Chiba – Japan put on a dominating display against Mongolia on Tuesday night in Chiba, netting five goals in the first half and nine in the second on the way to a 14-0 win that all but guaranteed advancement to the next round of World Cup qualifying.
Due to coronavirus-related travel restrictions preventing the game from being held in Mongolia, the game took place behind closed doors at Fukuda Denshi Arena, with Japan designated as the away team.
The unusual setting proved to be of little concern to Hajime Moriyasu’s men, who found their way onto the scoreboard through Takumi Minamino’s 13th-minute grounder and were rarely troubled by Mongolia’s spirited attempts to press forward on the attack.
“The players were focused on what they could accomplish rather than thinking about their opponent,” Moriyasu said after the result, which came one goal short of matching Japan’s largest-ever victory against the Philippines in 1967. “In the middle of the game we changed our system, and I’m glad the players who came on for the first time did so well.”
Minamino, who was frustrated after failing to convert any of several good chances in Japan’s 3-0 friendly win over South Korea on Thursday, extended his scoring streak to five straight World Cup qualifiers, becoming the first Japanese player to reach that mark since Keisuke Honda.
Daichi Kamada, Yuya Osako and Hidemasa Morita all netted goals of their own in the first half, while Ken Matsubara’s cross was deflected in by a Mongolian defender for an own goal in the 39th minute.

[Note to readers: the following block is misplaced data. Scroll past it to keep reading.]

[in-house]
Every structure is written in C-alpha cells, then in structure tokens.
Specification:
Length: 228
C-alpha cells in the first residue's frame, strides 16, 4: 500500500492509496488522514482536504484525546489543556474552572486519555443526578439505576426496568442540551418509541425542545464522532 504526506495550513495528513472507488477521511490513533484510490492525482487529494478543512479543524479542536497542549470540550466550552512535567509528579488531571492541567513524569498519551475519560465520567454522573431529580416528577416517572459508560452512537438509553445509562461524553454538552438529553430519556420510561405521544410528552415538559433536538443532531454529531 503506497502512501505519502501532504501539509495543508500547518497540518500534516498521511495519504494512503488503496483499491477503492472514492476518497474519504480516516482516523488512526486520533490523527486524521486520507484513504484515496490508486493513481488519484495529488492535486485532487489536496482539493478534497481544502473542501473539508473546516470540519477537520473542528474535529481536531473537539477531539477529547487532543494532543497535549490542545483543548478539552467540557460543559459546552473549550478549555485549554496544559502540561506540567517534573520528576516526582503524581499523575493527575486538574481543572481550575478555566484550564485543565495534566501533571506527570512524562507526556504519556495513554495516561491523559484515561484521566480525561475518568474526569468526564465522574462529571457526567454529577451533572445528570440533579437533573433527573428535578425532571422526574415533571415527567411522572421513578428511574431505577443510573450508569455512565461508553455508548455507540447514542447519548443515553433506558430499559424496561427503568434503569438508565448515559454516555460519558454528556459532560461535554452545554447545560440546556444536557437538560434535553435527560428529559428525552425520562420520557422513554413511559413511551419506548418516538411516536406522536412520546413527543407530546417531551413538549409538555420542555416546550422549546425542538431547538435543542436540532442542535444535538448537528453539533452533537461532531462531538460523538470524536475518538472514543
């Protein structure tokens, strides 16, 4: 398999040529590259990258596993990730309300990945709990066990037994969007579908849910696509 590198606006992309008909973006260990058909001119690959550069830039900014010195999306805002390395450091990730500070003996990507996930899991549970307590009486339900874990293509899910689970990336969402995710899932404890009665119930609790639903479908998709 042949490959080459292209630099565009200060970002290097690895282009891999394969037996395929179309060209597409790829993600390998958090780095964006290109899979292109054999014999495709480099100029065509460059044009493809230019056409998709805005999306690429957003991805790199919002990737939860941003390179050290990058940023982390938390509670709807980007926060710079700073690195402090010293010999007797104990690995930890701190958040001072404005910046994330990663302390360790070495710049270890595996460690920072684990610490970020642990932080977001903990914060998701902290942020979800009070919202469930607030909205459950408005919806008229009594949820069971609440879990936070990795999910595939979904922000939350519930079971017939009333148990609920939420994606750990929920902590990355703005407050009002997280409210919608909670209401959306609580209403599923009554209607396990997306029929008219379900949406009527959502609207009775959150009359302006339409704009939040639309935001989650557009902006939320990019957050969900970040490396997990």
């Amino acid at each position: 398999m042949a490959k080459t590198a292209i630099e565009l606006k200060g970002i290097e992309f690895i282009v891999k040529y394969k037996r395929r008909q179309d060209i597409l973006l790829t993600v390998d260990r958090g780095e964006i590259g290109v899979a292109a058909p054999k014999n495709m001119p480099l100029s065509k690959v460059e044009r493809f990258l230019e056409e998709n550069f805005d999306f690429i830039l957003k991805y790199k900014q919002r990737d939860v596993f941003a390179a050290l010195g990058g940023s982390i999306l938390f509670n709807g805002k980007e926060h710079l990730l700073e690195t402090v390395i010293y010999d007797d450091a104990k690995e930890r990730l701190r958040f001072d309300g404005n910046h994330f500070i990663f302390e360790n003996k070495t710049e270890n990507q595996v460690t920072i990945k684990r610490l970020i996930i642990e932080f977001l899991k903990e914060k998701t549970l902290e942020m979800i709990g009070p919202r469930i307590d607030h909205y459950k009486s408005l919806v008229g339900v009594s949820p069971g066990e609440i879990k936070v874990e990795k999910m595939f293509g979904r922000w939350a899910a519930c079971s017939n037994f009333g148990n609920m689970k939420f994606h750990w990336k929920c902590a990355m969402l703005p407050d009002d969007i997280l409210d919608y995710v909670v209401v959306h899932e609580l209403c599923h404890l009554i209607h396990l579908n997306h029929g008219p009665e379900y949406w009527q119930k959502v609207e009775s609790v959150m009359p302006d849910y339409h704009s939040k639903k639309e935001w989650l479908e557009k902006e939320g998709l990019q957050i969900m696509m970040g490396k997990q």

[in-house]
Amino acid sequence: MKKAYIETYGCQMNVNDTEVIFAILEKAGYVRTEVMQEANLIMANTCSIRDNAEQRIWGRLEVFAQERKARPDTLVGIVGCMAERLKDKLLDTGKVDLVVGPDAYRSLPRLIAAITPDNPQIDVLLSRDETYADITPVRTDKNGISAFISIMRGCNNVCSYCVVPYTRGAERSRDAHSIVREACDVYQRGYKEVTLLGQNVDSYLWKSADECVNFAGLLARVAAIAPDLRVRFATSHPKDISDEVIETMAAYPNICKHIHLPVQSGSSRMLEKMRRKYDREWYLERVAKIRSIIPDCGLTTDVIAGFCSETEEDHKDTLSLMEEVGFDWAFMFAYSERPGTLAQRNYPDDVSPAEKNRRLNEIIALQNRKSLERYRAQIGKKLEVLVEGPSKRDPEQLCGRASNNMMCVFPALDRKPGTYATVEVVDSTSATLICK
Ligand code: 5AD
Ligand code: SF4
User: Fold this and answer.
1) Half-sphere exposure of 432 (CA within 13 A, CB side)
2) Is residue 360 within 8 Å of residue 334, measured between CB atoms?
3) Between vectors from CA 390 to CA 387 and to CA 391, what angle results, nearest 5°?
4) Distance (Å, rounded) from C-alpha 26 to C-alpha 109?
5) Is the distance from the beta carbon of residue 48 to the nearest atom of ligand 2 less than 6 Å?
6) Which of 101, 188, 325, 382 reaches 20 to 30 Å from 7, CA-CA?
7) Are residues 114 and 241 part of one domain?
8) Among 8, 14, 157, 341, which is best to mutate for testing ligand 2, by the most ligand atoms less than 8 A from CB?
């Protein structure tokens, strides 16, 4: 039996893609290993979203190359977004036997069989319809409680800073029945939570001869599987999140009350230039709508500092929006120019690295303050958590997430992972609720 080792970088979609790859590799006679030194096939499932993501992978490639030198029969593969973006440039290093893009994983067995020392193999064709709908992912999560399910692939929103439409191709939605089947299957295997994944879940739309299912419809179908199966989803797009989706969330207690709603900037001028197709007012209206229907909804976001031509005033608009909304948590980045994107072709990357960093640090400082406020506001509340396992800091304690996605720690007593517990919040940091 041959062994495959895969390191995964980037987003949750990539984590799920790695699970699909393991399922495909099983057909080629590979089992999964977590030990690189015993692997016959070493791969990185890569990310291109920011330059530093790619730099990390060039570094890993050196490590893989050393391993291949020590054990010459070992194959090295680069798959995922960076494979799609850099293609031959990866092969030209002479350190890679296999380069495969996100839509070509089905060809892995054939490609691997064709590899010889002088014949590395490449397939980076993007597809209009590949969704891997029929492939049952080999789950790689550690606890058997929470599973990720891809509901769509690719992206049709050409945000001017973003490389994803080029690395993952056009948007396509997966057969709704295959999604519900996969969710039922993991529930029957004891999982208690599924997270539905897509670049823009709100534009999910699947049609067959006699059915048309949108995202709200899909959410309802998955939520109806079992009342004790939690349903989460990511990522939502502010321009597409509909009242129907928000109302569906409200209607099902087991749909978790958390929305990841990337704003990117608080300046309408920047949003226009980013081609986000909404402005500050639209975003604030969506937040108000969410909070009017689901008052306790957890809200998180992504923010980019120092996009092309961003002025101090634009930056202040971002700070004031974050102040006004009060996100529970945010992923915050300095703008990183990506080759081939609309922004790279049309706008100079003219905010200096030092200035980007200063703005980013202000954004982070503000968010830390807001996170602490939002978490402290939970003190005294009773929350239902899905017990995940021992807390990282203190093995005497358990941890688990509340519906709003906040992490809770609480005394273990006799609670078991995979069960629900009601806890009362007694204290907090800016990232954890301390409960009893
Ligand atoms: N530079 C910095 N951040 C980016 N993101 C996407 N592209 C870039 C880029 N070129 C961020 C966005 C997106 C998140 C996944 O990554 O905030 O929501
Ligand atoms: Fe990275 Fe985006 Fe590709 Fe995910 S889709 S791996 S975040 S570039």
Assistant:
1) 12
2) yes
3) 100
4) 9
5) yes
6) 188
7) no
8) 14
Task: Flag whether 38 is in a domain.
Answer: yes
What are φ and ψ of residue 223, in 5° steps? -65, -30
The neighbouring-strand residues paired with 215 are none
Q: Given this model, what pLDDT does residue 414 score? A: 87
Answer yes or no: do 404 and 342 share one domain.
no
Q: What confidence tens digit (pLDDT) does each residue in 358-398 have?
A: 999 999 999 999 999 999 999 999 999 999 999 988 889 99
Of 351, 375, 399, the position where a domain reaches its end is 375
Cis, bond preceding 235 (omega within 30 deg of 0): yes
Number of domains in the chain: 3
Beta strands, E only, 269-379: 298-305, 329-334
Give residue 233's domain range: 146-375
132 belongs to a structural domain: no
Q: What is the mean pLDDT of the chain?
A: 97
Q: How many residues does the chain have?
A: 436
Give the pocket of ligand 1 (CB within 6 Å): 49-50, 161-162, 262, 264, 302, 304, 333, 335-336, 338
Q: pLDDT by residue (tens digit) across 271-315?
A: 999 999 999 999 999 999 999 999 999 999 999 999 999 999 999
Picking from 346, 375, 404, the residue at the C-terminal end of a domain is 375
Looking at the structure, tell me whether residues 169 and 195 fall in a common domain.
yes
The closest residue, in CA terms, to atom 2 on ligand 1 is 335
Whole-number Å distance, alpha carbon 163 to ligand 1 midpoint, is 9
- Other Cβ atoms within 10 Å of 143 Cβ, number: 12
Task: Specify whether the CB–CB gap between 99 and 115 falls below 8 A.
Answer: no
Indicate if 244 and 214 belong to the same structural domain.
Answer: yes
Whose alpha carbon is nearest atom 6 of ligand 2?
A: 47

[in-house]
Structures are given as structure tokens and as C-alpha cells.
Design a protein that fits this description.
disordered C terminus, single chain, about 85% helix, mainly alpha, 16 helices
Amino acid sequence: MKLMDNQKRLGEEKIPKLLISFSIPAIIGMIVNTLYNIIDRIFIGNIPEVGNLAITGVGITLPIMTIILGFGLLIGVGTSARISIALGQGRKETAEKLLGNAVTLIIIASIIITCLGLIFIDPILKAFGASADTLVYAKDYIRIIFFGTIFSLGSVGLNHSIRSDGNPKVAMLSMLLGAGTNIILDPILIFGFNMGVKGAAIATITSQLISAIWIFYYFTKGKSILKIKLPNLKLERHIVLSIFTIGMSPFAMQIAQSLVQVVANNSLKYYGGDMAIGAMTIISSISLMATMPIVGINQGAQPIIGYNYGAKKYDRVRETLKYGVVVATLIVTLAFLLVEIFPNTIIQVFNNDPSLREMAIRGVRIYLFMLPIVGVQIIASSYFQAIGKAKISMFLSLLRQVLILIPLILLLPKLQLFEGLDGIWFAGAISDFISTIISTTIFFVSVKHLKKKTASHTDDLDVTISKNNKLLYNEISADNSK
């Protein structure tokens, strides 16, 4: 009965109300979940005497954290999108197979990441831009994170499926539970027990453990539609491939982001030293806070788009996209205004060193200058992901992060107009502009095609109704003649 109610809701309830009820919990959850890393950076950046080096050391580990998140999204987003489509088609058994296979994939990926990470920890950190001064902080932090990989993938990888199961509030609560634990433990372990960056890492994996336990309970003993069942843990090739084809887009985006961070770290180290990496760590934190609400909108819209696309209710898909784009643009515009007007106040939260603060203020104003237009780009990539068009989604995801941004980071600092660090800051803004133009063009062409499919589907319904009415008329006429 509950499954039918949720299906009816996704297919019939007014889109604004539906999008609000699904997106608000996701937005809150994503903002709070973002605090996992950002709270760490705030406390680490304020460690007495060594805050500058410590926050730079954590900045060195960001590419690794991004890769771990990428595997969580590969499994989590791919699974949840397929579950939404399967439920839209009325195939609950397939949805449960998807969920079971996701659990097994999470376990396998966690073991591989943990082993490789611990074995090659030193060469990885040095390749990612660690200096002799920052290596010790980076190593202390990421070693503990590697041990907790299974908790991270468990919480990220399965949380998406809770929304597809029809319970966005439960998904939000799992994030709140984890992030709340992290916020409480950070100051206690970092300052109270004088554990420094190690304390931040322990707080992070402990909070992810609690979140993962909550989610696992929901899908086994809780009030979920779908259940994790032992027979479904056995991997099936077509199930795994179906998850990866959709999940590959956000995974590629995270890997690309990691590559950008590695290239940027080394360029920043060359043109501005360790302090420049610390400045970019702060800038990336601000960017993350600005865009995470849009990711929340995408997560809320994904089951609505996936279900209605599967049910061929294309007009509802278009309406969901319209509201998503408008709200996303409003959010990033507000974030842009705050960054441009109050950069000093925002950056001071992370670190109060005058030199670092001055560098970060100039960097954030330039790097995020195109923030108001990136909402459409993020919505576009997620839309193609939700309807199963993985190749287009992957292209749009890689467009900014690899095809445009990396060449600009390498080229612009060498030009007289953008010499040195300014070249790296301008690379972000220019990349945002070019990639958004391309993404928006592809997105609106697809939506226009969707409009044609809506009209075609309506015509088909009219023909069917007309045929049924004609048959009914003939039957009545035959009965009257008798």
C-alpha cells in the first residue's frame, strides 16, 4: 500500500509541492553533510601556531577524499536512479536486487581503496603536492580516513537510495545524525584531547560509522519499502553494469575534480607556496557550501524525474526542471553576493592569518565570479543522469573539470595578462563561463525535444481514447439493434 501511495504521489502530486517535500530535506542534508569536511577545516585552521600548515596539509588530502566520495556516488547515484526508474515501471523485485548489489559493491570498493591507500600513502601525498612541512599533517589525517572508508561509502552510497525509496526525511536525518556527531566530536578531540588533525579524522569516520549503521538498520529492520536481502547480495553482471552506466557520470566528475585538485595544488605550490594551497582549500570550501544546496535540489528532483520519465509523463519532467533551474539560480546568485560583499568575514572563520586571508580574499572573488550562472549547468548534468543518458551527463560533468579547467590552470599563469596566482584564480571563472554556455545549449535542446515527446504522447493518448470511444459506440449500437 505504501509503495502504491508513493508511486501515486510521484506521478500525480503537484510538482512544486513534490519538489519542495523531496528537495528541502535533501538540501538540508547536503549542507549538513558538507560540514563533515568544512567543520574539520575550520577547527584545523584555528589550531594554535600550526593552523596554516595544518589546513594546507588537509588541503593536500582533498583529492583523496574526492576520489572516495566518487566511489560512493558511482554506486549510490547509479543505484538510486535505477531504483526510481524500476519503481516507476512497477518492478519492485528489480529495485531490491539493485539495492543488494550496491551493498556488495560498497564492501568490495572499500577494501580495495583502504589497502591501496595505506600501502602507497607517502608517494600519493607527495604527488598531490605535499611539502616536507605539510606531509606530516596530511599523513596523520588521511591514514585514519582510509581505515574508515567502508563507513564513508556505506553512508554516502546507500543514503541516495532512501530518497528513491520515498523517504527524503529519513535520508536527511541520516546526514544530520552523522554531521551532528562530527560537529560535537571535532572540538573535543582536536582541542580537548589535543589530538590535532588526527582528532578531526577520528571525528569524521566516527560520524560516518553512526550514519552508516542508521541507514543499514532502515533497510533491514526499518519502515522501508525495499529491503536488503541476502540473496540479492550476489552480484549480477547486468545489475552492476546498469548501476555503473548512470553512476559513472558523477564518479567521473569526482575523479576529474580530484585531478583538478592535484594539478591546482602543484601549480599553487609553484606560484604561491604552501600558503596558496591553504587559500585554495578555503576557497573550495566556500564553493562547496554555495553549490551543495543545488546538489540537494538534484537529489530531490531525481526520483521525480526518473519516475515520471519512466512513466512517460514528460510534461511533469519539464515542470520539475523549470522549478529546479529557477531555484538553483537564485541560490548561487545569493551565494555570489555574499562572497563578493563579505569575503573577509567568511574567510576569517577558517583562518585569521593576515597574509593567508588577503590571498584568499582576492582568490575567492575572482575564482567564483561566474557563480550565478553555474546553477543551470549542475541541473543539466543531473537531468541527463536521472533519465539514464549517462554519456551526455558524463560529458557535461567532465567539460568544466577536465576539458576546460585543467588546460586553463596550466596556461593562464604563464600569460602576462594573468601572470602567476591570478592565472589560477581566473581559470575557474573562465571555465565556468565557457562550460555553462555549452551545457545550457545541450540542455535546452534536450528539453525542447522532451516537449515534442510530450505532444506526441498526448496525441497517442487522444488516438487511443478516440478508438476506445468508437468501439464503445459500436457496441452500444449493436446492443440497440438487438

Mongolia’s man of the match was undoubtedly goalkeeper Monkh-Erdene Enkhtaivan, who delivered a number of highlight-worthy saves.
But the 25-year-old, who plies his trade for Ulaanbaatar-based Athletic 220, was no match for Japan’s mostly Europe-based squad, which reached double digits after 80 minutes and plowed to 14 by the final whistle. Junya Ito, Kyogo Furuhashi and national team debutant Sho Inagaki netted braces, while Osako closed out his hat trick with the team’s 13th goal and Takuma Asano also found the back of the net.
Moriyasu described the international break, in which Japan’s under-24 players recorded a 1-0 defeat and a 3-0 victory against their Argentina counterparts, as a success that had led to “lots of good discoveries” in his national team player pool.
“I think the performances of our J. League players will boost Japanese soccer’s confidence, and I hope they’ll all want to return to their teams and keep improving. When their teammates see them I hope they’ll also want to level up,” Moriyasu said.
The result leaves the Samurai Blue at the top of Group F with 15 points from five games and 27 goals scored to none conceded. Japan will host the group’s remaining six fixtures, including games against Myanmar, Tajikistan and Kyrgyzstan, in a centralized format in June.
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